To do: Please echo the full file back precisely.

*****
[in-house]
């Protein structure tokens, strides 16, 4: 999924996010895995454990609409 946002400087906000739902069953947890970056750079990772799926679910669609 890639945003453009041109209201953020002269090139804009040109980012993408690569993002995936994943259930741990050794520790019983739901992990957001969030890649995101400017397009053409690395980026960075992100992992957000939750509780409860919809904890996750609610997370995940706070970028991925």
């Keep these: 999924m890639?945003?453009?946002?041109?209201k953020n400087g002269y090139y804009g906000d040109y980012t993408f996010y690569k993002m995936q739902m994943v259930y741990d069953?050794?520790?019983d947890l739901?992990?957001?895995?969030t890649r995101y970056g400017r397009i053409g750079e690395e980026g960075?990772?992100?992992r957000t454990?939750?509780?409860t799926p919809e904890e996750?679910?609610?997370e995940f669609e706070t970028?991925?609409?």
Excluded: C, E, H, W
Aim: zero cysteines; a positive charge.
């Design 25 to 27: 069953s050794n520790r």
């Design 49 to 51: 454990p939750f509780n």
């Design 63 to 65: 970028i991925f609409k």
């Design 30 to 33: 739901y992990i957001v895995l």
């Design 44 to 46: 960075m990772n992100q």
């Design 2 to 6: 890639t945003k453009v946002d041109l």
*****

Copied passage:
[in-house]
């Protein structure tokens, strides 16, 4: 999924996010895995454990609409 946002400087906000739902069953947890970056750079990772799926679910669609 890639945003453009041109209201953020002269090139804009040109980012993408690569993002995936994943259930741990050794520790019983739901992990957001969030890649995101400017397009053409690395980026960075992100992992957000939750509780409860919809904890996750609610997370995940706070970028991925």
């Keep these: 999924m890639?945003?453009?946002?041109?209201k953020n400087g002269y090139y804009g906000d040109y980012t993408f996010y690569k993002m995936q739902m994943v259930y741990d069953?050794?520790?019983d947890l739901?992990?957001?895995?969030t890649r995101y970056g400017r397009i053409g750079e690395e980026g960075?990772?992100?992992r957000t454990?939750?509780?409860t799926p919809e904890e996750?679910?609610?997370e995940f669609e706070t970028?991925?609409?």
Excluded: C, E, H, W
Aim: zero cysteines; a positive charge.
């Design 25 to 27: 069953s050794n520790r």
């Design 49 to 51: 454990p939750f509780n």
């Design 63 to 65: 970028i991925f609409k």
């Design 30 to 33: 739901y992990i957001v895995l």
């Design 44 to 46: 960075m990772n992100q």
């Design 2 to 6: 890639t945003k453009v946002d041109l």